The name, "Rough-winged" comes from tiny hooks on the outer primary, which gives the feather a rough feel, however, the purpose is unknown.
The "Rough-winged" does not zigzag erratically as the "Barn Swallow", but rather glides and sails more directly while snatching insects in flight.
Because he is so sober looking with none of the flash of his swallow cousins, the "Rough-winged Swallow" impresses prospective mates by spreading the white feathers under his tail coverts during courtship flights. This bird breeds throughout the United States, and prefers to do so in solitary pairs rather than in a colony.
Calls or song.
He issues a low, drawn out and unmusical "trit trit", often doubled.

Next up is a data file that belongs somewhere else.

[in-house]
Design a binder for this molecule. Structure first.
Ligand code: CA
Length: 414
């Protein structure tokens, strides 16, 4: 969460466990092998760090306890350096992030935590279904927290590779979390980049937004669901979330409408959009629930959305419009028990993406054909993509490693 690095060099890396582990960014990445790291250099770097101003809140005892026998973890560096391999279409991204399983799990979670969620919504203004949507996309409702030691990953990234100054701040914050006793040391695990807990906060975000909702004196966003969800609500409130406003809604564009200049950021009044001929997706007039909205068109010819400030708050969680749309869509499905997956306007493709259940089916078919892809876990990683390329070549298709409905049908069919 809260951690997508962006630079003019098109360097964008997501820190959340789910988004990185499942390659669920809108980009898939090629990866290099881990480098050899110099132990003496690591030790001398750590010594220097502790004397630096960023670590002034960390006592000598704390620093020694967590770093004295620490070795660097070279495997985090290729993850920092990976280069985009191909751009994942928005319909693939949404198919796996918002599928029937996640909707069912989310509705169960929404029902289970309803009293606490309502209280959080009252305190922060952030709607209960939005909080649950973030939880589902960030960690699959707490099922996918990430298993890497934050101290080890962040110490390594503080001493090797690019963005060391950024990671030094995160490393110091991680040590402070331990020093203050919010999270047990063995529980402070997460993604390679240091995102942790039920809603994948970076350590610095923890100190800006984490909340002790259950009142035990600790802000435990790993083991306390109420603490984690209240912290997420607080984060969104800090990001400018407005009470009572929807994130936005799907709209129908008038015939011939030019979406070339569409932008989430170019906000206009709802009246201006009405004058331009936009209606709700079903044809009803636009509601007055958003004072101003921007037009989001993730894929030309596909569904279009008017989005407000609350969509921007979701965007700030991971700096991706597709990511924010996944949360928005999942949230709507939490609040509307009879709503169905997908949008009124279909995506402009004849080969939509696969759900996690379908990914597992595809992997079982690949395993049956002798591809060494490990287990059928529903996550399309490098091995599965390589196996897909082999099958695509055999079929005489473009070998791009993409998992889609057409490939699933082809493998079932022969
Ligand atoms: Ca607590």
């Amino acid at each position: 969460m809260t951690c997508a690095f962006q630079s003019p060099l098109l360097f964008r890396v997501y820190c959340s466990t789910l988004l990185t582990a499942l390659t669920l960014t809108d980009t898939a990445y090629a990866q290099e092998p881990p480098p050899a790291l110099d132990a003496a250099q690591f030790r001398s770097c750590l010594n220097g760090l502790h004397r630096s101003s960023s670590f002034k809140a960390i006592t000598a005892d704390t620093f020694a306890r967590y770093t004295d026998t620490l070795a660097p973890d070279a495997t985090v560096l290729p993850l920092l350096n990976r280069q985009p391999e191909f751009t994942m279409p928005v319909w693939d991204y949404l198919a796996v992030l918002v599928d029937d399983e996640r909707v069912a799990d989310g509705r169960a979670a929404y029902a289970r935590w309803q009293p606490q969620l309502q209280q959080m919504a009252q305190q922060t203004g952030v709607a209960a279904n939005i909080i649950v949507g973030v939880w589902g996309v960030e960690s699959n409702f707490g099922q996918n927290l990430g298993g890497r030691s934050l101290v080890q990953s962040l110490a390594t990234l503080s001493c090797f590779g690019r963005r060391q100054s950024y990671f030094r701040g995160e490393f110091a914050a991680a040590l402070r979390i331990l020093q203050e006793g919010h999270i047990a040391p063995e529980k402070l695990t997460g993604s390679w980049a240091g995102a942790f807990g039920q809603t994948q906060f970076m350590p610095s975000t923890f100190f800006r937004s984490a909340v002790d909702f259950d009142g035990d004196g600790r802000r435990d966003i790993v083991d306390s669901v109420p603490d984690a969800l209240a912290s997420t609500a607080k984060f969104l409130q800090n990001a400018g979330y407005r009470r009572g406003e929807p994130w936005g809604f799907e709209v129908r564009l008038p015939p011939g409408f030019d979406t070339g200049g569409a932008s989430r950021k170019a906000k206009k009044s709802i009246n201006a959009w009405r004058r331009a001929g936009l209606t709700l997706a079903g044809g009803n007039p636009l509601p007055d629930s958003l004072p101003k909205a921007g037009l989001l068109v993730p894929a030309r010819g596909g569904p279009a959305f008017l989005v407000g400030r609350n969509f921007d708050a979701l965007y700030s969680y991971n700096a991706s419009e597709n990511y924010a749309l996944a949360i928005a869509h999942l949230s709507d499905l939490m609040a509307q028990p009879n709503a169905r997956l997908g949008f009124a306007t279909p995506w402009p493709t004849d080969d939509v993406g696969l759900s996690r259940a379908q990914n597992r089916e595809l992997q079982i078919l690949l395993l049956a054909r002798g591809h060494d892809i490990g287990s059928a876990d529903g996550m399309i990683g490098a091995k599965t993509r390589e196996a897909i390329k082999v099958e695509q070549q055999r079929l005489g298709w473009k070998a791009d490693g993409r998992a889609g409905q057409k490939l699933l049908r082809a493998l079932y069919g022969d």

Population and distribution.
The "Rough-winged Swallow" winters north to Southern California, on the Gulf Coast and southern Florida.
These swallows are not particular about their dwelling places and adapt to any kind of cavity, usually tunneling into steep banks of clay, sand or gravel. The female incubates six or seven white eggs in a nest of grass and rootlets. The habitats near riverbanks, sometimes flood in high tides, destroying eggs and young. Roughwings also build in masonry holes, drainpipes, crannies under bridges and culverts, as well as in abandoned homes of kingfishers and ground squirrels.